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SIU “food nerd” takes the stress out of packing lunches as a new school year begins

Woman preparing lunch
Provided by Christie Mathis
Niki Davis, SIU Carbondale’s Hospitality, Tourism and Event Management Program manager and professor of practice, demonstrates stress-free lunch preparation.

CARBONDALE, Ill. — It’s back-to-school season and, along with shopping for clothes and school supplies, many parents again find themselves encountering that stressful task of packing lunches to please the picky palates of their kiddos. The stress escalates with multiple children and multiple preferences, but fear not as Niki Davis, Southern Illinois University Carbondale’s Hospitality, Tourism and Event Management Program manager and professor of practice, can help.

Davis offers eight tips to make to make lunch prepping easier and sure to please kids and parents alike.

  • Plan and prep ahead. If you are normally a meal planner, this comes naturally. Regardless, take time to plan lunches just like you do family dinners. Add lunch ingredients to your grocery list and spend a few minutes each Sunday preparing what you can for the week. Cut up vegetables, place dips in small containers, and portion out chips or crackers in food-safe containers. Even taking care of little tasks like this in advance will save time during the week, especially on those all-too-busy mornings.
  • Use leftovers wisely. As you plan dinners for the week, think about how you can remake leftovers into school lunches (or even for your work lunch). Leftover chicken can be transformed into chicken salad sandwiches or a green leaf salad with diced chicken. Leftover roasted veggies can easily become vegetable soup. This is not only quick, convenient and tasty, but it also reduces food waste.
  • Involve your kids. Whom better to engage than the one who is going to be eating the lunch? Ask your child for preferences and suggestions to ensure they enjoy their meals and aren’t throwing away what you pack. Ask again in a few months – preferences do change from time to time. Have them help you with age-appropriate tasks. Having a sense of involvement, ownership and pride may just encourage them to eat better. Teenagers benefit from helping with the full planning and shopping process, too.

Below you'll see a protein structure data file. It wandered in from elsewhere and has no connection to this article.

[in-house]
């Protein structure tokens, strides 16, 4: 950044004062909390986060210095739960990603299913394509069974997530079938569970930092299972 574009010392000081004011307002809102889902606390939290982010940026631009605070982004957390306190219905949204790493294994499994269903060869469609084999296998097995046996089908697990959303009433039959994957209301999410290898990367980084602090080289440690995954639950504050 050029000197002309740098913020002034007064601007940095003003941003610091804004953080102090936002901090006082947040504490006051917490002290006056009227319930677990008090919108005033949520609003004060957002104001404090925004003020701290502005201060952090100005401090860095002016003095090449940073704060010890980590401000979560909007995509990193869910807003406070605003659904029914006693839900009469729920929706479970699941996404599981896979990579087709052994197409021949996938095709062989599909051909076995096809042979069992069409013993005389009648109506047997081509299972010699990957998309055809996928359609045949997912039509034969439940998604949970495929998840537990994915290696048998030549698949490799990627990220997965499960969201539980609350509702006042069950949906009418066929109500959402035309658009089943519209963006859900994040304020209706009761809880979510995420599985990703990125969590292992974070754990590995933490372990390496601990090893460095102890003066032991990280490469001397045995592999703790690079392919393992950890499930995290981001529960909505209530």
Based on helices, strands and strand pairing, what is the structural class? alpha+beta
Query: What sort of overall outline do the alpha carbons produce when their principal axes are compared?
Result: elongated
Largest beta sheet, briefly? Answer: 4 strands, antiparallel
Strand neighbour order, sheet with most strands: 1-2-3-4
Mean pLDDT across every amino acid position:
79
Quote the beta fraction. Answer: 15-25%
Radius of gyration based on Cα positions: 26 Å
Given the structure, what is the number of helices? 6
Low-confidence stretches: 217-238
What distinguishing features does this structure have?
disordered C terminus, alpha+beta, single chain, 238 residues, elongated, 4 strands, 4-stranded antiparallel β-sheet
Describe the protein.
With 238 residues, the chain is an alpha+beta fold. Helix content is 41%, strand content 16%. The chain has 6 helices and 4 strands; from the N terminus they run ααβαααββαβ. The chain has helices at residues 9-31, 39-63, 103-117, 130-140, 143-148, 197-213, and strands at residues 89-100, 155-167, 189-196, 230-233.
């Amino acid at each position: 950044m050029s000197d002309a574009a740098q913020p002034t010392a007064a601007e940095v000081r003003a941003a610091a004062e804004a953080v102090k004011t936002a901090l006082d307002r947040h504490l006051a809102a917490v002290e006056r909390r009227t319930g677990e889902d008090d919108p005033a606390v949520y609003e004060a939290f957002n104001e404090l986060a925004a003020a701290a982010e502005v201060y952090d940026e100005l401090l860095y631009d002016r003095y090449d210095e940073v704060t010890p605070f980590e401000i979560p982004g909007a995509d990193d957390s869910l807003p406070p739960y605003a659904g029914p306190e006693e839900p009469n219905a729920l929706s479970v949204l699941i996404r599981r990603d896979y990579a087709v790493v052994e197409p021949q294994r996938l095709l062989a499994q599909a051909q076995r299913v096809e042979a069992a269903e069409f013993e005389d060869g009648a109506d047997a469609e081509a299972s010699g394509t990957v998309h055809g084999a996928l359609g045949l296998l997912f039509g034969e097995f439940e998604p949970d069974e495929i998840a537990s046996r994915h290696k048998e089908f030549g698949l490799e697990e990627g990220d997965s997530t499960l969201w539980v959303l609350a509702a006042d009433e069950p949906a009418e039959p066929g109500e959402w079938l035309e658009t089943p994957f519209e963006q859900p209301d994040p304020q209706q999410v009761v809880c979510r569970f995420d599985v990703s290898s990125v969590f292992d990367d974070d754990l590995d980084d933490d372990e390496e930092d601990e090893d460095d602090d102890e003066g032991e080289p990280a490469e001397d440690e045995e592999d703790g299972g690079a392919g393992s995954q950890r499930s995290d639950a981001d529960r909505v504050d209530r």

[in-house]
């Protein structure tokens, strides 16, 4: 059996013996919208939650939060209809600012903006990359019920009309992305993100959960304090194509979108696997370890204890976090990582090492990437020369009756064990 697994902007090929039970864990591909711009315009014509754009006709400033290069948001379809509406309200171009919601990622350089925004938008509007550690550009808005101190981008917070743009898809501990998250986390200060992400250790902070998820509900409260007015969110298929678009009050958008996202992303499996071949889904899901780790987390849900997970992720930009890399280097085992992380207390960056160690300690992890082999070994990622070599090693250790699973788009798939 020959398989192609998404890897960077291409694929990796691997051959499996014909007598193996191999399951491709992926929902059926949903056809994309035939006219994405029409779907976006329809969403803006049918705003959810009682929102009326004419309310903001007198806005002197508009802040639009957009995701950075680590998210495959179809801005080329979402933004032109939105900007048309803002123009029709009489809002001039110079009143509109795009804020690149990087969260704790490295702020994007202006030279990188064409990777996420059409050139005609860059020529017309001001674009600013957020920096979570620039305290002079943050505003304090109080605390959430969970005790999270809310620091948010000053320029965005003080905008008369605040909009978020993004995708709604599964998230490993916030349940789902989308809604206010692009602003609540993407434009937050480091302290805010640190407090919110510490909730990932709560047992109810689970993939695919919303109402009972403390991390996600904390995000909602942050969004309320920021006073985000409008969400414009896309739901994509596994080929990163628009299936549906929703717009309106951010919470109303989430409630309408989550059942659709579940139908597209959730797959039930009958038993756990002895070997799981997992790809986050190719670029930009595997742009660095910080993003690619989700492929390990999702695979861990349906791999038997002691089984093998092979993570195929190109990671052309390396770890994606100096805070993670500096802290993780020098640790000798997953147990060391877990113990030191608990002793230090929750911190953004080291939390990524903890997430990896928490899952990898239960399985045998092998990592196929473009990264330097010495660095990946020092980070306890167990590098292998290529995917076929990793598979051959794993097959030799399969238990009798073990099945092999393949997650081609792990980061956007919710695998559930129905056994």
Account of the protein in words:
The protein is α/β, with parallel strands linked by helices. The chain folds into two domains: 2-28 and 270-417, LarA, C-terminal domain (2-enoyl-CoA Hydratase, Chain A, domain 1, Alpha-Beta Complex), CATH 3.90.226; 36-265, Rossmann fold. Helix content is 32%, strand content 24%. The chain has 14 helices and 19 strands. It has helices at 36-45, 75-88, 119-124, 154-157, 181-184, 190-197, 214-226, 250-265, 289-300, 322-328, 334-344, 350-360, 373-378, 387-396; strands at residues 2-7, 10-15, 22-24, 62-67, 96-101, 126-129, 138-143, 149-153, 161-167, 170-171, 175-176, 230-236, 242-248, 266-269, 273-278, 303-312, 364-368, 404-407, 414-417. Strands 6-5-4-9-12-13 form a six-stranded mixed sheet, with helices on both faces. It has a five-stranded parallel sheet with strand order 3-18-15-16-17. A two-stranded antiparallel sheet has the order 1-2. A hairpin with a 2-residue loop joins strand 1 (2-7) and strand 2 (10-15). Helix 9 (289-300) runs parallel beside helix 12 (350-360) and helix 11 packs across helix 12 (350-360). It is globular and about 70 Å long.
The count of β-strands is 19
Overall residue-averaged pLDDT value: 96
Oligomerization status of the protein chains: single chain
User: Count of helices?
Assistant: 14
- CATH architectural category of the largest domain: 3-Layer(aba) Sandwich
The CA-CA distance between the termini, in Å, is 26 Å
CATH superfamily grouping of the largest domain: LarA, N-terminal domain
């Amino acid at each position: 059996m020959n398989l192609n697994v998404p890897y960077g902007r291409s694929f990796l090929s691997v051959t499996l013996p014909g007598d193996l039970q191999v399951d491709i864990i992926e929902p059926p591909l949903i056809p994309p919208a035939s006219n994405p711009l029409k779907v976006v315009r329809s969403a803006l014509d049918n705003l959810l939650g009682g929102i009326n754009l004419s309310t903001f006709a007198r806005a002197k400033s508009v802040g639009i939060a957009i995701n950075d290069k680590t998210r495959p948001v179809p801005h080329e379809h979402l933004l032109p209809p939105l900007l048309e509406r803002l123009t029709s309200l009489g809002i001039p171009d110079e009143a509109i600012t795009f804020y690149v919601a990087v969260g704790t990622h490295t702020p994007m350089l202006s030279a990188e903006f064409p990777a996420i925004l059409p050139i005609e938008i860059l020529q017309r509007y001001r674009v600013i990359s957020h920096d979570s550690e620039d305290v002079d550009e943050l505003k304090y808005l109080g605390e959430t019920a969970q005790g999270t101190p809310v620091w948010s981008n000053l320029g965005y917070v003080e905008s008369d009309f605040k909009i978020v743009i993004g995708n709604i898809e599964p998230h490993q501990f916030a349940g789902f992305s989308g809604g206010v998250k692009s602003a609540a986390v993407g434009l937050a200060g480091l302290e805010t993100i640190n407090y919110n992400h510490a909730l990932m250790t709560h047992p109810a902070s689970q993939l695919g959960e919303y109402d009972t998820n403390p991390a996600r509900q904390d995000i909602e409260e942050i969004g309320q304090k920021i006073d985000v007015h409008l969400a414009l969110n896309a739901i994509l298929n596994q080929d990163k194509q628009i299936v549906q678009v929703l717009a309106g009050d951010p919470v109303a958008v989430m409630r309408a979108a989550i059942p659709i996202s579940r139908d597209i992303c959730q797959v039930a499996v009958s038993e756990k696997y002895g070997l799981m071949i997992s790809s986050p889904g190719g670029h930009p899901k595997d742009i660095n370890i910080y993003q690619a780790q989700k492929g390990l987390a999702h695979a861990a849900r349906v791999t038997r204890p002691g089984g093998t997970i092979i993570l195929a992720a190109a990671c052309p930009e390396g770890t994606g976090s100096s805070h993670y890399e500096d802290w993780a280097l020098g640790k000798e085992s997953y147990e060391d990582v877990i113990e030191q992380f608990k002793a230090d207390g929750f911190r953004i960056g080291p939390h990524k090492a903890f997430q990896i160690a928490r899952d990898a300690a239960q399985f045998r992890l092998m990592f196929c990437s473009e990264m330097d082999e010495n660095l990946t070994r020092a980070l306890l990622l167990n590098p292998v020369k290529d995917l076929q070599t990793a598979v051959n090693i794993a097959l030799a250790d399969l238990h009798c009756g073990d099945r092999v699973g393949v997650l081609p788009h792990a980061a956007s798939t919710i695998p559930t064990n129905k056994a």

• Balance the meal. Healthy lunches provide needed energy for kids to get through their school day. As you plan, work toward a balanced lunch that includes protein, whole grains, fruits, vegetables and healthy fats.
  • Keep it colorful. Who wants to eat a whole plate full of beige food? Add a variety of fruits and vegetables to make lunch visually appealing and nutritionally rich. Pasta salads are a great way to incorporate different veggies. They’re easy to pack into single-serve containers, too.
  • Invest in good containers. Reusable, eco-friendly containers keep food fresh and prevent spills that get other food soggy or sticky. Plastic bags may be easier but reusable containers are better for the environment and can save you money in the long run, so it’s a win-win. Think about the foods your child typically eats for lunch, then purchase containers accordingly. A bento box works great for keeping portions separated.
  • Pack easy-to-eat foods. Finger foods, pre-cut fruits, favorite sandwiches sliced in quarters and bite-sized snacks are easy for your child to eat on the go. Also, consider reheating or refrigeration needs. Invest in a good lunchbox to help keep hot foods hot and cold foods cold.
  • Offer some treats. While it’s great to focus on nutritious foods, it’s OK to include a small treat to make lunchtime more enjoyable. Fun-sized candy bars are a great option for non-baker families. If you like to bake, think about mini-muffins or cookie bars cut into small sizes.

As the madness of a new school year begins, these tips can make preparing school lunches little bit easier and hopefully encourage the kids to enjoy lunchtime even more.
Here’s a tasty recipe to try.

Wagon Wheel Pasta Salad

Yield: 6-8 servings

Time: 20 minutes


  • 8 ounces rotelle pasta (wagon wheels)
  • 1 cup Italian vinaigrette
  • 1½ cups grape tomatoes, halved
  • 1 package (8 ounces) Mozzarella pearls
  • 1 package (5 ounces) mini pepperoni
  • 1 green bell pepper, diced
  • 1 can (10 ounces) whole black olives, drained
  • 1 jar (4 ounces) pimientos

Directions: Cook the pasta according to package directions, drain and let cool. Pour the vinaigrette into a mixing bowl, then add the pasta and toss to coat. This will let the pasta begin to soak up some of the flavor from the vinaigrette. Add the remaining ingredients and toss together.

Tip: This is a great side dish for a family dinner, with plenty left over for a few lunches.


Christi Mathis — student affairs; diversity, equity and inclusion; business and analytics; education; health and human sciences; psychological and behavioral sciences; innovation and economic development; international education.

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